Two clematis flowers

Two clematis flowers

Rough drawings

Rough drawings

So it is all very well being able to draw a plant fairly accurately, but what I realised at the exhibition this week is that accuracy does not an ‘artwork’ make.  Well, that’s obvious, obviously but it had not really sunk in; but visiting this class I could see that although the plant material was there the students were using it as inspiration rather than a guide.  So having done my preparatory drawings and photos of the clematis I thought I would have a go at ‘composition’.  I therefore spent a happy few hours with tracing paper, IPad, drawings, scissors and eraser laying out my first composition.

Clematis composition

Clematis composition

What I had noticed when I photographed the plant was that all the buds looked like little faces searching for the sunshine, so I tried to get the feeling in my picture of the buds and opening blossoms straining towards the warmth.  Not sure if it has worked but I am going to go with it, it is only small (a finished size of 6 inches square).

 

 

 

Draws Shoots and Leaves but how to decide which Shoots and Leaves to Draw

Euphorbia Lathyris

Euphorbia Lathyris

My most recent drawing (Euphorbia Lathyris), a plant picked from my own garden; a plant not planted, a volunteer plant of a type that pops up on and off in the garden.  A plant usually called a weed and ruthlessly pulled up.   But I am looking at plants differently now, with new eyes, not seeing weeds or choice specimens but seeing and noticing shape and colour and if it is not too strange a ‘personality’.

I have been thinking about ‘style’ and looking at my work.  I know that a ‘style’ develops and grows and it will appear (hopefully) of it’s own free will but I can’t help thinking about what will be the best way to nurture and encourage it.  From my previous life as an artist in other fields I know that following my own interests and concerns brought me most satisfaction and ultimately led to a fruitful way of working. So I suppose this is how I will develop my botanical ‘style’; it will come out in the sort of plants that attract my interest, the sort of plants that make me want to engage with them the sort of plants that I choose to draw.

I am already feeling my way towards this, as I am attracted by the slightly strange, the little bit ugly and the oddly shaped, and I suspect the easy to draw……..

 

 

 

Going crazeeeeeee – GIMP, scanning and photography

I never thought that botanical art would lead me down the dark and tortuous road of photography, but it has, and let me be up front about photography – I don’t like it.  The camera does not see as I do and I am always disappointed by the results.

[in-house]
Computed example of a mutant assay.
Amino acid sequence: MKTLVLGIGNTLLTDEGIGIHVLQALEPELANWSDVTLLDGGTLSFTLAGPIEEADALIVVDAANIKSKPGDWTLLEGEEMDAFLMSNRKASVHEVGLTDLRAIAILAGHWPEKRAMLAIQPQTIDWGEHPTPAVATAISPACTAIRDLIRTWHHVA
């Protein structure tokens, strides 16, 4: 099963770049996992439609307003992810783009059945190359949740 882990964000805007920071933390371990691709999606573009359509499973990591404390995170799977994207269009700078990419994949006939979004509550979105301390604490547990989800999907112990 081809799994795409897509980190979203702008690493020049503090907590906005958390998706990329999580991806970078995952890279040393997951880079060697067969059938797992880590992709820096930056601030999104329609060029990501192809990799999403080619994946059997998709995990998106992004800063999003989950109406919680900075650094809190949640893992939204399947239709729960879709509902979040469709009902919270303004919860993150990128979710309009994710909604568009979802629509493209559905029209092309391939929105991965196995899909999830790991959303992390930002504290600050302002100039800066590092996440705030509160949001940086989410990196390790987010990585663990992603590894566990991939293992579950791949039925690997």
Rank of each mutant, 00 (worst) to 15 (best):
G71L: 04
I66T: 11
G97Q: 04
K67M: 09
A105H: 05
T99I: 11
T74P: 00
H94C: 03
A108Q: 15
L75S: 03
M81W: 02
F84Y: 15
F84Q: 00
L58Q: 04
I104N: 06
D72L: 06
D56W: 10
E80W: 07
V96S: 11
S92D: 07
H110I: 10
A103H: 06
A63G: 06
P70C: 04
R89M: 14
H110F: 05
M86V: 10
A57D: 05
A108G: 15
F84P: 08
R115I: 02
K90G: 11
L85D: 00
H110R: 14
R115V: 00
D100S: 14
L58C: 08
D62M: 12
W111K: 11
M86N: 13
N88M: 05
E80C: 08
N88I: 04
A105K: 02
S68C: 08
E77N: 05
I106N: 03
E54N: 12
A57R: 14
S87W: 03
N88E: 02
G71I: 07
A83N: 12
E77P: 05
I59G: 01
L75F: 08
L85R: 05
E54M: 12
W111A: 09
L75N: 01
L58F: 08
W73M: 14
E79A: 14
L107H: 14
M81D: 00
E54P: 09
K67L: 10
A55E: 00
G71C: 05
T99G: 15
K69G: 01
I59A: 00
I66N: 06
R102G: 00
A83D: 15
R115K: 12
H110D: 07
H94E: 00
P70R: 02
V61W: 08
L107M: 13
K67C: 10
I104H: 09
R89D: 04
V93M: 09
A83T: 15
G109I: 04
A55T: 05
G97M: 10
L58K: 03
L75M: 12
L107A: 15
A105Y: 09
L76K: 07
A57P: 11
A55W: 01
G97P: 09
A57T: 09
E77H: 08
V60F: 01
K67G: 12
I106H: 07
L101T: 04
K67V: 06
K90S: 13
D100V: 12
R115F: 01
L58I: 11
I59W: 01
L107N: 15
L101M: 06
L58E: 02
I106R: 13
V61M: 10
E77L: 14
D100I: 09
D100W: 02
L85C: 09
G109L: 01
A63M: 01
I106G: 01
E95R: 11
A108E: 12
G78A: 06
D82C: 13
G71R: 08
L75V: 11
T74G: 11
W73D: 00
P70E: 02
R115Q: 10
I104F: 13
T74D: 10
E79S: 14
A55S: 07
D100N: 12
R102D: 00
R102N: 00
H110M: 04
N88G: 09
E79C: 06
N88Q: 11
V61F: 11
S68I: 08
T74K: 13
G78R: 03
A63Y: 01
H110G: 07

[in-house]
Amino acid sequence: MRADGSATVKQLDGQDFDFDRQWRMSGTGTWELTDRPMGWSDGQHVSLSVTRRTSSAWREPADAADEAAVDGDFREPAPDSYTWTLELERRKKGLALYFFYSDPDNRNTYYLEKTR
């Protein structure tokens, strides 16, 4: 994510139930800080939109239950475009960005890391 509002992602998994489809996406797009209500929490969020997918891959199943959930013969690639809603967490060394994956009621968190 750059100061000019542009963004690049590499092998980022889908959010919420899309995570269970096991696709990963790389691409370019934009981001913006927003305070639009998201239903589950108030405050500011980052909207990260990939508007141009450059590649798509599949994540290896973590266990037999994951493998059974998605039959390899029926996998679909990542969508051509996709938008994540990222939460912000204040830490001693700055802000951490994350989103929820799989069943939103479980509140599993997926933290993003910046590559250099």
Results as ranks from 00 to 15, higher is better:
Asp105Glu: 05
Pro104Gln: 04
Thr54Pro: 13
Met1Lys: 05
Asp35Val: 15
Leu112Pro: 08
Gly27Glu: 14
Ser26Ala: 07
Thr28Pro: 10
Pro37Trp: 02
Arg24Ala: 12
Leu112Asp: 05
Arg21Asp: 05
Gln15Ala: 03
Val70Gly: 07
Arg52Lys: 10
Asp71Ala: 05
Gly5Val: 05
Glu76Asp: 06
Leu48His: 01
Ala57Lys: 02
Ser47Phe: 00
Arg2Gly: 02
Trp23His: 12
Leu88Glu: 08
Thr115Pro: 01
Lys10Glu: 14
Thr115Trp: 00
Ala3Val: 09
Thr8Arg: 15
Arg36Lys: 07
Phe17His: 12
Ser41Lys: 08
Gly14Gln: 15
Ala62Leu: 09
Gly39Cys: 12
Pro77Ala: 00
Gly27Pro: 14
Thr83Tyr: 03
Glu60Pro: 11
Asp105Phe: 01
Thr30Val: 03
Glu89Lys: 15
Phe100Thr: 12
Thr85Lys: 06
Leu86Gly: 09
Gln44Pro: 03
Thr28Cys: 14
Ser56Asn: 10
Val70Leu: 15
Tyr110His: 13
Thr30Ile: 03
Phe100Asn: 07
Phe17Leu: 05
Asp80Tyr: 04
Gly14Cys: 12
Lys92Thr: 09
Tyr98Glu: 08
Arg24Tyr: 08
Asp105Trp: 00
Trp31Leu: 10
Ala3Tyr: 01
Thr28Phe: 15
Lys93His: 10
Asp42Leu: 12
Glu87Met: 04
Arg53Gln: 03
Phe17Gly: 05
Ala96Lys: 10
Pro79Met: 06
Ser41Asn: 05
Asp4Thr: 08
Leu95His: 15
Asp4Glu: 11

So I finished my drawing of the Photinia and of course I needed to photograph it – why? 1. to put in the blog of course and 2. as a record.

Photinia drawing by Sue Hagley

Finished Photinia coloured pencil drawing.

 

Arghhh!  Lighting, getting it right is sooooo hard, lots of research on the internet and it all seems so time intensive and boring and even more nit-picking than even I can cope with.  My research lead me to consider scanning – ah ha! much easier, the darn thing lights itself and I will just get some software to do a little colour correction. What a blind alley that turned into.  Most of my images are bigger than scanner plate, so software would also need to ‘stitch’ several images together as well as adjust colour.  More research and the dread word GIMP came into my life.  Anyway – this is all way too boring but I have just wasted two of my precious days on this earth wrestling with GIMP and some esoteric things called layers – it’s all been too horrible and I’m done with it!   The solution came to me when I was meditating – surprising what a little bit of stillness and silence can do, and it seems glaringly obvious now.  My room has been rearranged, and in that rearrangement new lights were installed, which means the room is evenly lit enough for photography (at least for the standard I need).  So I tested it out, and it works, YAY!  Only problem was a support to hold the artwork, so a request to my resident woodworker resulted in a lovely new stand, with the addition of two elastic bands my Heath Robinson ensemble is good to go.

Photography Stand

Heath Robinson ensemble

Seems to  work alright, see photo of Photinia above (although I have not cropped it properly); I will experiment some more with a tripod and a better (bigger) camera, but not today……………………..

P.S. ………if you are still with me, dear reader, I did go back to it, like an itch you can’t help scratching.  My later experiments came out really well and I am now HAPPY!  I found out how to set the white balance on my camera, lower the ISO and use a tripod.  I also used up about 500 calories going up stairs to take the photo and down again to put it on the computer, so I have had my exercise for today, which can’t be bad.  Didn’t do any drawing though………..